Trying to control the teenage coelic diet
When we first discovered that Tamsin was coeliac, I was more concerned about her being vegetarian than anything else – as I say, when we *first* discovered. Since then all sorts of things have taken over as my main concern, in fact they’ve been competing for top place. Any teenager can be hard to feed healthily, but the teenage coeliac diet is another order of magnitude of tricky.
I went in to the dietitian feeling quite smug that I was a decent cook with a good understanding of nutrition. I feed my family varied meals with vegetables and mixed protein sources. Well that’s all well and good, but a coeliac has ground to make up after anything from a few years to a lifetime of nutrient malabsorption, so we came away from the hospital with a list of ‘musts’ as well as a loo roll length list of don’ts. I realised that I was going to have to be quite vigilant to make sure that Tamsin was getting everything she needed. I’m just so relieved that Tamsin and I pull together quite well on these things; trying to do all this with a teenager you find yourself at loggerheads with would be hell.
Vitamin C and dairy
One of the main points I’ve kept front and centre (horrible phrase but accurate) is ensuring Tamsin has enough vitamin C, and keeping up her calcium levels. Tamsin herself has come up with the answer to one of these. She likes PLJ, the pure lemon juice drink, and Morrisons thoughtfully has it on special offer just now so I’ve stocked up. Tamsin has it with fizzy water and gets a good vitamin C hit that way.
Bumping up her calcium isn’t proving too tricky either. Tamsin likes dairy and her breakfast usually includes either natural yoghurt or milk, and our meals often include cheese sauce or cheese as an element, eg cheese soufflé, baked potato with cheese & beans. I’m also making more of an effort than usual to include leafy green vegetables in our meals (rainbow chard, kale and cavolo nero are all hits). In the evening I go over with Tamsin how much dairy she’s had during the day and if it’s been a bit light I make her a hot chocolate. We get full fat milk from the milkman but I keep a couple of pints of UHT to hand too so that we’re never too low that Tamsin can’t get as much as she needs. In these respects the teenage coeliac diet has been pretty easy, but they’re only a small element of what she eats.
Until this September, Tamsin was the only one having a packed lunch and she was pretty easygoing, so I could use up all sorts of odds and ends (nice things, I don’t mean scraps!) in her lunch. Now of course I can’t do that and her brother takes packed lunches too, so I’ve had to be much more organised.
Our first hurdle has been rolls. We’re still waiting for the roll element of Tamsin’s prescription. She received two packs of rolls in her coeliac samples, but one is part bake and the other is very heavy to eat. She’s taken sandwiches instead which has been fine. She has salad in her roll and takes a piece of fruit, sometimes raisins as well, and now and then a few Aldi chilli rice crackers as a treat. I discovered in the freezer some gluten free madeleines we bought on holiday, so she can have those as a treat too. She has crackers and crispbread from her sample boxes but they’re trickier to prepare in advance as they go soggy with spread. We’re still working on lunches. I’ve suggested Tamsin makes a low-sugar banana loaf but so far she hasn’t got round to it.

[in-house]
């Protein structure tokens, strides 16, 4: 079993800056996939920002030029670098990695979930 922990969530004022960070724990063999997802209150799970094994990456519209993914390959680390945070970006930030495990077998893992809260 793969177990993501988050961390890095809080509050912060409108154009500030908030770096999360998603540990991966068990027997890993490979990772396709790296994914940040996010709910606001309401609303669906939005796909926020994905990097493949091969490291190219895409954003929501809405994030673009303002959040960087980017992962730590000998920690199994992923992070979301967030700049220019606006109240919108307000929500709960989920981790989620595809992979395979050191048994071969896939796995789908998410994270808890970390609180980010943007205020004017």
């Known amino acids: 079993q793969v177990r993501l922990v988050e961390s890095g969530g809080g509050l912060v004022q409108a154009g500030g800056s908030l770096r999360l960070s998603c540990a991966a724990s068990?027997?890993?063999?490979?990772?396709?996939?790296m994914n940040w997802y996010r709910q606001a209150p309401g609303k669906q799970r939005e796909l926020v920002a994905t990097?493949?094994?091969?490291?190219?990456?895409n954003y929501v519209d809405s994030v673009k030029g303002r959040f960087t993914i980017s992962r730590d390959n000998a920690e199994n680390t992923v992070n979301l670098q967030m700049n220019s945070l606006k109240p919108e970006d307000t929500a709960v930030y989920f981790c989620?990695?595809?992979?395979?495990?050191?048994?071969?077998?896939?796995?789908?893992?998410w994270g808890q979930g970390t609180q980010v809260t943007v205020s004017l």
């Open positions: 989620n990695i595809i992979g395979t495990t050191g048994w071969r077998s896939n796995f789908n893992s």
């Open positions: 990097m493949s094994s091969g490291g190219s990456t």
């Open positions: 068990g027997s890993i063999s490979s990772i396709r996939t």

Eating at home
At home Tamsin eats well. Like all teenagers she’d cheerfully live on pizza and chocolate fingers but I have to say that the pizzas she creates are works of art. She likes to slice a whole mozzarella onto a pizza so that really helps with her dairy intake. She’s always liked peanut butter, especially with banana, and has taken a shine to Whole Earth peanut butter with sunflower, pumpkin and flax seeds. This morning she made herself gluten free pancakes (sadly she put syrup on them but you can’t have everything).
I’ve realised that convenience is a big thing for Tamsin. All teenagers like easy quick food they can disappear up the stairs with and though the teenage coeliac diet requires a little more planning, she can still do this. Most teenagers dislike feeling different from their friends so I do everything I can to give Tamsin a normal experience, especially when she’s with friends. With that in mind I’m going to see if we can get crackers and crispbreads on prescription, as she’s loved being able to eat those just with butter or peanut butter.
Together Tamsin and I have made up a jar of stuff she can sprinkle on her cereal. At the moment it contains dessicated coconut, sesame seeds, linseeds, flaked almonds and pecans. Tamsin loves nuts and I’m delighted to supply her with them. I’ve always tried to make sure the food we eat packs as much of a nutritional punch as possible, and now that feels more important than ever – I can’t miss a trick.